Likewise, over the past several years I have been asked about another hermit's posts which have left readers seriously concerned regarding her welfare. This person writes (blogs) about the interminable suffering (chronic pain) she experiences, the lack of heat and serious cold she lives in in Winter months which causes her to spend entire days in bed and under blankets and left her with pneumonia last Winter; she writes of the terrible living conditions involving the ever present excrement of vermin --- now dried and aerosolized, holes in walls (or complete lack of drywall and insulation), continuing lack of plumbing (no toilet) or hot water despite her marked physical incapacities, the fact that she cannot afford doctors or medicines or appropriate tests and may need eventually to live in a shelter when her dwindling money runs out. Unfortunately, because all of this is written anonymously by a "consecrated Catholic Hermit" presumably living eremitical life in the name of the Church, it raises unaddressable questions not only about her welfare but about the accountability of her diocese and the soundness and witness of the contemporary eremitical vocation itself.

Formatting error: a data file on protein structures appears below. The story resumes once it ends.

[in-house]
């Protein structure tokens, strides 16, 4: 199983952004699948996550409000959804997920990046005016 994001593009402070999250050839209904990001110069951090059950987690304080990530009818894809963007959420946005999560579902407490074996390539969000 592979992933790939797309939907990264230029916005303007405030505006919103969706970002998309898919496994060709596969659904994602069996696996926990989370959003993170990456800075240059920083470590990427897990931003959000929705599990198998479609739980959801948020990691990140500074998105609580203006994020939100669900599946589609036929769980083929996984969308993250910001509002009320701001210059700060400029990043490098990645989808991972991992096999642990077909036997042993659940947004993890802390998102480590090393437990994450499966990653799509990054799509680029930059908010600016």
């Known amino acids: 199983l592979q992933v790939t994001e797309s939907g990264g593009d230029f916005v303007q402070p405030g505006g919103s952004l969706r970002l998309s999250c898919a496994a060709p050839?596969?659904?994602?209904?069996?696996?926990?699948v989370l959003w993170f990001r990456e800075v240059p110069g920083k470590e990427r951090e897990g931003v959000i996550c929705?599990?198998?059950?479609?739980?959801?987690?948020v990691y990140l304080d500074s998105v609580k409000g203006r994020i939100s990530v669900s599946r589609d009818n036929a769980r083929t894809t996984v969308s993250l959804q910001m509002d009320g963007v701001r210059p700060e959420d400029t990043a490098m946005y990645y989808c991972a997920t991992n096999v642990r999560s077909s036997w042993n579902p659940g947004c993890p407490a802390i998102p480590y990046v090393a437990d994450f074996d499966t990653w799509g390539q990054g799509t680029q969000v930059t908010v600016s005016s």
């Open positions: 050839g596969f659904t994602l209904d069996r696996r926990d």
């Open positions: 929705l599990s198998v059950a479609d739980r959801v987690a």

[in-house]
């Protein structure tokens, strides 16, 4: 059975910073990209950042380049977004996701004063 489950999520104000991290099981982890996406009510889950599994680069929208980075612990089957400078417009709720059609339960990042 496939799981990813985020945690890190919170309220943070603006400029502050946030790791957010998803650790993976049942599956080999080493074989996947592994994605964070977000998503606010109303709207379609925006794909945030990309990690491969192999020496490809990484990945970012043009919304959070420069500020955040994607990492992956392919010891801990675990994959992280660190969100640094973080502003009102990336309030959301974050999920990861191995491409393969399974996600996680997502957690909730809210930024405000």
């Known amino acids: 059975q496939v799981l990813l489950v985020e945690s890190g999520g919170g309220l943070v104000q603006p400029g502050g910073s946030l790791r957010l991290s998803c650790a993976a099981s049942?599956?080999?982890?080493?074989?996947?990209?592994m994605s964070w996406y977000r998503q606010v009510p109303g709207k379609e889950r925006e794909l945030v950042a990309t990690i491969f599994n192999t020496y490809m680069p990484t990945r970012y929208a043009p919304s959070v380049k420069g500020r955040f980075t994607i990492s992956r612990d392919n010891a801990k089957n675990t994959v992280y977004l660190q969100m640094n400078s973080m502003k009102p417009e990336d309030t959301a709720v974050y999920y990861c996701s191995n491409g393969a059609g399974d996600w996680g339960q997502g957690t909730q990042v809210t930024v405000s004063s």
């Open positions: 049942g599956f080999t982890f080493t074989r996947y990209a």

This poster's anonymity means that those who are concerned can neither assist her nor contact her diocese to raise concerns with them. Here anonymity conflicts with accountability. While it is true diocesan hermits are self-supporting and have vows of poverty readers have, quite legitimately I think, asked if this really the way the Church's own professed and consecrated hermits live. Does the Church profess and consecrate its solitary hermits (or facilely allow them to transfer to another diocese) and then leave them to struggle in such circumstances without oversight or assistance? Is this the kind of resource-less candidate the Church commissions to represent consecrated eremitical life? Would this be prudent? Charitable? Is it typical of the way consecrated life in the church works? Does a hermit's diocese and bishop really have nor exercise no responsibility in such cases? How are such hermits to be helped?? Unfortunately, the combination of this poster's relative anonymity and her lack of accountability, prudence, and discretion can be a serious matter on a number of levels.